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Weapons of Mass Destruction (WMD)

As Turkish-US Tensions Escalate, Ankara Looks to NATO

By Dorian Jones April 18, 2019

As tensions escalate between Turkey and the United States over the procurement of Russian missiles, Ankara is looking to NATO, which it sees as taking a more nuanced stance on the controversial weapons purchase.

U.S. Vice President Mike Pence's warning this month that Turkey's future in NATO could be at risk if Ankara takes delivery of Russian S-400 missiles drew an angry response from Turkish presidential spokesman Ibrahim Kalin.

"We are one of the members. We are a country that has a say in all decisions," Kalin said. "Therefore, we will not allow the questioning of Turkey's position in NATO."

Washington claims the S-400 missiles, which are due to be delivered in July, pose a security threat to NATO military systems in Turkey – in particular, America's latest fighter jet, the F-35. Russia is developing the S-400 system to counter the F-35's stealth technology.

​U.S. warning

While America is warning of far-reaching military and financial sanctions if the Russian missile system is delivered to Turkey, analysts say NATO appears to be taking a different stance.

"We have to make a difference here between Turkish-NATO relations and Turkey-American relations," said international relations professor Huseyin Bagci of Ankara's Middle East Technical University. "Bilaterally [between Turkey and the U.S.] speaking, it's not a good [situation], but concerning NATO, there isn't a problem."

"There is not one sentence from the NATO secretary-general that Turkey cannot buy this [S-400] system," he added. "NATO Secretary-General Jens Stoltenberg tells Turkey every ally has the right to buy any system; however, the political consequences, the strategic consequences, of such a purchase, he does not say anything. So the Turks are confused [about] whom to believe, the Americans or NATO."

This month, Stoltenberg again refused to be drawn into the controversy over Turkey's S-400 purchase, reiterating his stance that it was a "national decision of each NATO ally to determine on its own."

Stoltenberg appears to be seeking to position NATO as an honest broker in resolving the dispute.

"We see that this is an issue which has created disagreement between allies, and NATO provides a platform for allies to address issues like this," he said.

With Turkey devoting military resources to many NATO theaters of operation, from Afghanistan to Kosovo, analysts suggest the military alliance will be wary of being drawn into the increasingly bitter dispute between Ankara and Washington.

Regional role

Turkey's geographical importance bordering many of the world's most unstable regions and its preparedness to play an active role were acknowledged this month at a NATO gathering at the Turkish Mediterranean resort of Antalya.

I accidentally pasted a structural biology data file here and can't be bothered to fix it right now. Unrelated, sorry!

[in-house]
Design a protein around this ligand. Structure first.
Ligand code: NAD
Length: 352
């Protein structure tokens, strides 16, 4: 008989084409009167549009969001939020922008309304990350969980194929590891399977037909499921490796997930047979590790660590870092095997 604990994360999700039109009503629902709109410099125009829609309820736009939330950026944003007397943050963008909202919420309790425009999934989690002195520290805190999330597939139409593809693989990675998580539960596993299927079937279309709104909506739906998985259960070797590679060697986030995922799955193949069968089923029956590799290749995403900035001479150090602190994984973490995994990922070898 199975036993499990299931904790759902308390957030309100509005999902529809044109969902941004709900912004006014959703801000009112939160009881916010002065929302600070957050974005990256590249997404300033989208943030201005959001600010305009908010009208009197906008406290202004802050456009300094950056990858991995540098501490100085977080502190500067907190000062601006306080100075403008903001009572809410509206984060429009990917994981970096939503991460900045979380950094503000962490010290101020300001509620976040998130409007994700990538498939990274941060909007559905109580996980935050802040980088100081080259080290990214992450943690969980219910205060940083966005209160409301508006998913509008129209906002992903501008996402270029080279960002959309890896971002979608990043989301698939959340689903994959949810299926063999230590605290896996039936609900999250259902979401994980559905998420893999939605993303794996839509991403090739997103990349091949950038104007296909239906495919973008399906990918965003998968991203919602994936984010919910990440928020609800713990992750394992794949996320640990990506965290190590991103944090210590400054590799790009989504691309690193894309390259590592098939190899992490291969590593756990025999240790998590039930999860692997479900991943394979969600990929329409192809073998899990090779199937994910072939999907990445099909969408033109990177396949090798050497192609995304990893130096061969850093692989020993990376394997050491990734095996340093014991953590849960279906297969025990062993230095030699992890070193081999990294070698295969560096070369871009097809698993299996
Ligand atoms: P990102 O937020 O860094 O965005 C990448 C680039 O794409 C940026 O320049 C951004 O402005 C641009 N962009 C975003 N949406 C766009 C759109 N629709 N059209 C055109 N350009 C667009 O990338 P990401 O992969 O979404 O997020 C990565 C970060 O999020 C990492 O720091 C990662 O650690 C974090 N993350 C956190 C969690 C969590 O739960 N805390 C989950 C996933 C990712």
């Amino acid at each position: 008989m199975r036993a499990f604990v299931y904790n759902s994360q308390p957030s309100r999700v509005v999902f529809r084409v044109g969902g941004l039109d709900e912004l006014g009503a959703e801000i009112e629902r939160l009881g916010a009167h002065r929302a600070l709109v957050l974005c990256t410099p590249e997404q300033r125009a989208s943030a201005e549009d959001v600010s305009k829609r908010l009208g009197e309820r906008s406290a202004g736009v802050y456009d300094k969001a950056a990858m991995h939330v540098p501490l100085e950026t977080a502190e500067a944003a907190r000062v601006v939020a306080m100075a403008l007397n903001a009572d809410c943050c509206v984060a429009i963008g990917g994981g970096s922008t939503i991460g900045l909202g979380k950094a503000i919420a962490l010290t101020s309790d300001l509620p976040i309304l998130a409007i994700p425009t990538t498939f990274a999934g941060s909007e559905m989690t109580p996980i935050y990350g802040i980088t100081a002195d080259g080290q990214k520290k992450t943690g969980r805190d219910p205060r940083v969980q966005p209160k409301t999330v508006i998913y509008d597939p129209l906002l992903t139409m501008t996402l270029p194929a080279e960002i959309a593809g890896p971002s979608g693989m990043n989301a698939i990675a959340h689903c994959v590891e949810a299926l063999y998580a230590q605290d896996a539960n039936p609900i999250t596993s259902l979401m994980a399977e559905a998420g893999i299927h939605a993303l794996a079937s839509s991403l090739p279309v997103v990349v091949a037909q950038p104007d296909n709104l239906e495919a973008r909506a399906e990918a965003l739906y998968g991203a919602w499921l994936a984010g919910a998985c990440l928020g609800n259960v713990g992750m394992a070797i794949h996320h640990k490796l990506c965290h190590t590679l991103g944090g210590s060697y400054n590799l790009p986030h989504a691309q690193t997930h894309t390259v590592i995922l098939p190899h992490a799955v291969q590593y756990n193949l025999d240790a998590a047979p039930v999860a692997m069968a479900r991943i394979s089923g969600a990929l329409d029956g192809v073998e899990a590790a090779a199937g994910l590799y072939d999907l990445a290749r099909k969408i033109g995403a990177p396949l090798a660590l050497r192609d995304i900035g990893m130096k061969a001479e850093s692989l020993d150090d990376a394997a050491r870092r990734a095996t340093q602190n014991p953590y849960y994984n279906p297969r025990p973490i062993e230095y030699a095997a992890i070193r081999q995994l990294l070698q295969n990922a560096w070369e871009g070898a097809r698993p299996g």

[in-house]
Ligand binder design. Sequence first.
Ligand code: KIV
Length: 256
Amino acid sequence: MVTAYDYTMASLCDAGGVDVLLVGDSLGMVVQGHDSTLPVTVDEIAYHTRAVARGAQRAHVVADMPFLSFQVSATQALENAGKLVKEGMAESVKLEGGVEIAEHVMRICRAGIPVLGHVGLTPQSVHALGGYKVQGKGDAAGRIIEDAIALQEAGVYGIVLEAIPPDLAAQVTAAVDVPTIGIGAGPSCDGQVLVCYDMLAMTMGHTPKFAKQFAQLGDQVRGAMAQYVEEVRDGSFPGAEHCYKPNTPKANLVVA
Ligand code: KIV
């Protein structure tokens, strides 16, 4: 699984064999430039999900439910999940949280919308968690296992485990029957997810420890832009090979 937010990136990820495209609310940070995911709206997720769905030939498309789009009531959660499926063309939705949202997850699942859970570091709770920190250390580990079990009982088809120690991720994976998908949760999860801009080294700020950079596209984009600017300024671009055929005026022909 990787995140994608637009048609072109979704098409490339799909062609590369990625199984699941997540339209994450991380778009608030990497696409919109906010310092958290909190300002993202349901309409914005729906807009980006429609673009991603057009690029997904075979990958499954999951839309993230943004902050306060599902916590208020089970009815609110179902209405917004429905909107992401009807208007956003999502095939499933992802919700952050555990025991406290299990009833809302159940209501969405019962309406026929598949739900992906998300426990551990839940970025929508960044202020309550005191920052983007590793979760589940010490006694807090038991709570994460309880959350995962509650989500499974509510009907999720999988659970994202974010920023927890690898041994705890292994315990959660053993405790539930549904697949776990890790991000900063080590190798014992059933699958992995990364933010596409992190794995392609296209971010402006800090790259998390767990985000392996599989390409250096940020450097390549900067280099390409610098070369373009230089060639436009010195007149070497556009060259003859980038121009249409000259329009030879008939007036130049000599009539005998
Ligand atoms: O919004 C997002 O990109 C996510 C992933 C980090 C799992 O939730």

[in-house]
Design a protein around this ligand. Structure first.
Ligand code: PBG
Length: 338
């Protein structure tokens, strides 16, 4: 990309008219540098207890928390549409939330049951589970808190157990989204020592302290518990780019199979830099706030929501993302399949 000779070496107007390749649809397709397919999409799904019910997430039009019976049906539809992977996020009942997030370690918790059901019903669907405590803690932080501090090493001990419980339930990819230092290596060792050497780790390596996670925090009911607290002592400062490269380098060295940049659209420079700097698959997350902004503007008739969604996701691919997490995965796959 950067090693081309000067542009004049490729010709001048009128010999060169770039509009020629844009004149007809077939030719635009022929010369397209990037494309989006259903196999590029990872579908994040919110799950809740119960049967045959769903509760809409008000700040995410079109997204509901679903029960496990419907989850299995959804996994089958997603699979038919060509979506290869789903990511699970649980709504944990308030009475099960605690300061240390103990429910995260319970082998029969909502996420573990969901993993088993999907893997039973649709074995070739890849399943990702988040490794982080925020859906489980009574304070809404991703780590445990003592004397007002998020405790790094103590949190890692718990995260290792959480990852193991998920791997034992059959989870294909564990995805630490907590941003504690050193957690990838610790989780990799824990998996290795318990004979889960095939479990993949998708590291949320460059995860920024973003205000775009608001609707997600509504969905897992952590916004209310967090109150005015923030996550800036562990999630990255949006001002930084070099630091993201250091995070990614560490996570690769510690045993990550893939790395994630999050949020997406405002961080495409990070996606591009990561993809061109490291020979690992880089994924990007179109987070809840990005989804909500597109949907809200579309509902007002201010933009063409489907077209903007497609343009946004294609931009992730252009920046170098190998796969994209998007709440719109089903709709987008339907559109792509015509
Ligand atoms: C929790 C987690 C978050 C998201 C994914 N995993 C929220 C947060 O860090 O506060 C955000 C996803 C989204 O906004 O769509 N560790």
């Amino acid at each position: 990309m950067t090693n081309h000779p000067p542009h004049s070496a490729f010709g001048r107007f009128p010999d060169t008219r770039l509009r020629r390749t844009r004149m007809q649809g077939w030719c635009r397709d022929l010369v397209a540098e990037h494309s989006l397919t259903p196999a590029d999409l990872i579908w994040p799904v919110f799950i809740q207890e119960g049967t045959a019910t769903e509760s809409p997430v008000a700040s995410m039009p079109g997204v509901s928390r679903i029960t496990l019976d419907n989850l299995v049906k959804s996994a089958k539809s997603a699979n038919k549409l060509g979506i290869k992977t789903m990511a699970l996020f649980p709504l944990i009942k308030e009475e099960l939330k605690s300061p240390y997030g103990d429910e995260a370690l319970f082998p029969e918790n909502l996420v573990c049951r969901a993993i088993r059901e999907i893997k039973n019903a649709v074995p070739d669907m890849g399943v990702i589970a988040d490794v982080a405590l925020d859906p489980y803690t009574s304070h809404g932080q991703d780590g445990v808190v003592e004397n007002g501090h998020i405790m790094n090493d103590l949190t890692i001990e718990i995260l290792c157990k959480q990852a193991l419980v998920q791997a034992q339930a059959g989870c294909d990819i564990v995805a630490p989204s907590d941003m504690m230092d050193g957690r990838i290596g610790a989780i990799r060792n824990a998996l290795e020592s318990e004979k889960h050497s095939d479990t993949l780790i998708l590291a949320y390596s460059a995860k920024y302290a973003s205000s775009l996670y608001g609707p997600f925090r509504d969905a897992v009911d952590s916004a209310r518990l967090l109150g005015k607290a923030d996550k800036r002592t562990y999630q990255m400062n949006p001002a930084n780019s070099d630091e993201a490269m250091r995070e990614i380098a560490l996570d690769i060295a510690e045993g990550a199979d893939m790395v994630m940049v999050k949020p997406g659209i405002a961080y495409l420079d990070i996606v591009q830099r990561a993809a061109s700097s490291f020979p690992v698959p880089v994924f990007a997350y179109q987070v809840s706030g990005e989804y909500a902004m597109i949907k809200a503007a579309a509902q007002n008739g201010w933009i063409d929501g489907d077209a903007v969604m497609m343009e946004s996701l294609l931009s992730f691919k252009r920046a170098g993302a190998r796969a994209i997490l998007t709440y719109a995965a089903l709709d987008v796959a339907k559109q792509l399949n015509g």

Turkey "sees itself as a bridge between Europe and the Middle East," said Madeleine Moon, head of the NATO Parliament Assembly, "which gives it a leading role in promoting security and stability" in the Middle East and North Africa.

While Ankara is deepening its ties with Moscow, it's also stepping up its support of NATO efforts to counter Russian influence.

"Turkey relations with Moscow are very close, so there is an antagonism there [with its Western allies]," said Aydin Selcen, a former senior Turkish diplomat. "But also at the same time, although the rhetoric is very harsh against some allies, Turkey's participation in NATO exercises in the Baltic Sea and Black Sea is at unprecedented levels and quality."

Selcen offers two explanations for the apparent contradictory foreign policy of Ankara toward NATO and Western allies.

"Either there is some sort of disconnect or lack of coordination between the Turkish presidency and national defense ministry," Selcen said, "which is, in today's Turkish national regime, quite improbable, or Ankara is trying to extract some flexibility from Washington, which is not forthcoming."

Turkey's more robust approach toward its NATO partners could be threatening a new quarrel within the alliance. According to reports, Ankara is set to veto Macedonia's NATO membership unless Skopje extradites Turkish nationals wanted in connection with the failed 2016 Turkey coup.

Turkey's future in alliance

Turkey's stance toward some NATO members and its deepening ties with Moscow are leading some to question the country's future within the alliance, a fear Turkish presidential adviser Gulnor Aybet appears happy to stoke.

"If the United States continues to approach Turkey with a zero-sum game … then the doors, which are currently open for the future of relations, could turn toward another partner, and that is Russia," Aybet said this month during a panel discussion in Washington.

However, international relations professor Bagci said it's essential to look beyond the political rhetoric and understand that the decades-long strategic importance of NATO to Turkey remains unchanged.

"Russia is not an alternative [to Turkey]. Turkey will not look to Russia as a most trusted ally. It is not the case and will not be," Bagci said. "Turkey always uses Russia as a balance of power, as leverage. Turkey will not leave NATO unless NATO leaves Turkey. Then, Russia is an alternative."

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